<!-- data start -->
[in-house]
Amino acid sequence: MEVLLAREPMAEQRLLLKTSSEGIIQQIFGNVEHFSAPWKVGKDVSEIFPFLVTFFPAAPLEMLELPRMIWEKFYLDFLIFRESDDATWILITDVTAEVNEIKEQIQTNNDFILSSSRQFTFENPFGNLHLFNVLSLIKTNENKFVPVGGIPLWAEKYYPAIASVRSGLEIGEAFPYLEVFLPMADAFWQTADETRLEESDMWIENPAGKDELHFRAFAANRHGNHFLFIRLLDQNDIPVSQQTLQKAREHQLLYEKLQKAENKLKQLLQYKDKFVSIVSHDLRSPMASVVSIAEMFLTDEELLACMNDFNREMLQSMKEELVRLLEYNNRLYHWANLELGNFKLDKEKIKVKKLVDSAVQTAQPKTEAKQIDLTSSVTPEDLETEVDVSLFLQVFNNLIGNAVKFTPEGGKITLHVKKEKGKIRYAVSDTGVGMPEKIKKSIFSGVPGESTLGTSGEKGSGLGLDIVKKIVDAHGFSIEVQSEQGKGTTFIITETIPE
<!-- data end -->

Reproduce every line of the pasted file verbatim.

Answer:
[in-house]
Amino acid sequence: MEVLLAREPMAEQRLLLKTSSEGIIQQIFGNVEHFSAPWKVGKDVSEIFPFLVTFFPAAPLEMLELPRMIWEKFYLDFLIFRESDDATWILITDVTAEVNEIKEQIQTNNDFILSSSRQFTFENPFGNLHLFNVLSLIKTNENKFVPVGGIPLWAEKYYPAIASVRSGLEIGEAFPYLEVFLPMADAFWQTADETRLEESDMWIENPAGKDELHFRAFAANRHGNHFLFIRLLDQNDIPVSQQTLQKAREHQLLYEKLQKAENKLKQLLQYKDKFVSIVSHDLRSPMASVVSIAEMFLTDEELLACMNDFNREMLQSMKEELVRLLEYNNRLYHWANLELGNFKLDKEKIKVKKLVDSAVQTAQPKTEAKQIDLTSSVTPEDLETEVDVSLFLQVFNNLIGNAVKFTPEGGKITLHVKKEKGKIRYAVSDTGVGMPEKIKKSIFSGVPGESTLGTSGEKGSGLGLDIVKKIVDAHGFSIEVQSEQGKGTTFIITETIPE